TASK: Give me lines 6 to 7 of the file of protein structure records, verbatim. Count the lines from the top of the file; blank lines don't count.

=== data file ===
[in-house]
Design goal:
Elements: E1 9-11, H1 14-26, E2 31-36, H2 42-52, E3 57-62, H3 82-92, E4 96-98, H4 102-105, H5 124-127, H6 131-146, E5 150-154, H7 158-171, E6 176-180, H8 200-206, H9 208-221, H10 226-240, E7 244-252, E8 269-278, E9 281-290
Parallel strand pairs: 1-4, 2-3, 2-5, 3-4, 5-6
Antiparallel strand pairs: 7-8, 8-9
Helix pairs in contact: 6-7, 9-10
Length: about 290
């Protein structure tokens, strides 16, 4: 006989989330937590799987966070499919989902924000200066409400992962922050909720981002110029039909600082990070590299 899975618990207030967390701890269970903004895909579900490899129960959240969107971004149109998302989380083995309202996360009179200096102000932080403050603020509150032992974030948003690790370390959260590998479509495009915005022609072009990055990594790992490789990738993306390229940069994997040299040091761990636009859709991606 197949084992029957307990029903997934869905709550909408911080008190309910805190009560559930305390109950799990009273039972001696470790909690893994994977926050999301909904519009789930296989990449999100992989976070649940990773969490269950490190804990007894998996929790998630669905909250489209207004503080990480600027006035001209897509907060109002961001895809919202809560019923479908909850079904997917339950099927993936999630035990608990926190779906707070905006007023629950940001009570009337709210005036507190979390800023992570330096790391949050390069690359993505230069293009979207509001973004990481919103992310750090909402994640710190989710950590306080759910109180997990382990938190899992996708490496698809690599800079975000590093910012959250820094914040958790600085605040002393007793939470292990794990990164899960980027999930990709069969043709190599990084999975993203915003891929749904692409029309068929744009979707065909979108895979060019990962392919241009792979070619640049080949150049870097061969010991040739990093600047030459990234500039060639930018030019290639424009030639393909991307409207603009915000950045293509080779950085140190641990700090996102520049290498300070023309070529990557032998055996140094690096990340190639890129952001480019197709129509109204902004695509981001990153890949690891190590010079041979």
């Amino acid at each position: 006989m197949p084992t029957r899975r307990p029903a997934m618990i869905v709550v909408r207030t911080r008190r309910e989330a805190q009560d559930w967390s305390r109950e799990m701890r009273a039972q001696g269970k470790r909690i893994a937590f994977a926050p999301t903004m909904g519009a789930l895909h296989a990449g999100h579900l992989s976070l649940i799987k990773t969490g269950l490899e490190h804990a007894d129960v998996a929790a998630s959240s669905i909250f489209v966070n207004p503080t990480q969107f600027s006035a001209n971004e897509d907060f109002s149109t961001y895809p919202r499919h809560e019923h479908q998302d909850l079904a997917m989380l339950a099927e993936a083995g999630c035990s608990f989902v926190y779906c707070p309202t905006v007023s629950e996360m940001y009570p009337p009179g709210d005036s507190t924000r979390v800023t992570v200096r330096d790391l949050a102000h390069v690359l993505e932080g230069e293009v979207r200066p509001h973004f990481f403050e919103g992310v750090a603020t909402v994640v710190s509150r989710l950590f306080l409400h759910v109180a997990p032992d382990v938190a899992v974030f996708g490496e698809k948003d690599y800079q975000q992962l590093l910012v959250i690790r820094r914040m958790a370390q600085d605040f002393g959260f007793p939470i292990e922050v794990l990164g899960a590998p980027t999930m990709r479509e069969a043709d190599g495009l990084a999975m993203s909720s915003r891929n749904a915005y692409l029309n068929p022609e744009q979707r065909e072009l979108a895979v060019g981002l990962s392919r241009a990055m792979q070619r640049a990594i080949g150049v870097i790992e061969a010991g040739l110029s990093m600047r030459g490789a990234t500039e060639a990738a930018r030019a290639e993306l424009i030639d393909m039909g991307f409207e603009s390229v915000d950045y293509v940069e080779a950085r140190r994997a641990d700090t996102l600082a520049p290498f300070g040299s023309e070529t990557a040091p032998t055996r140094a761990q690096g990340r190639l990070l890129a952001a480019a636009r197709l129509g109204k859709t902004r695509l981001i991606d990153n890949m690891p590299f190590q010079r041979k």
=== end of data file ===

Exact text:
Helix pairs in contact: 6-7, 9-10
Length: about 290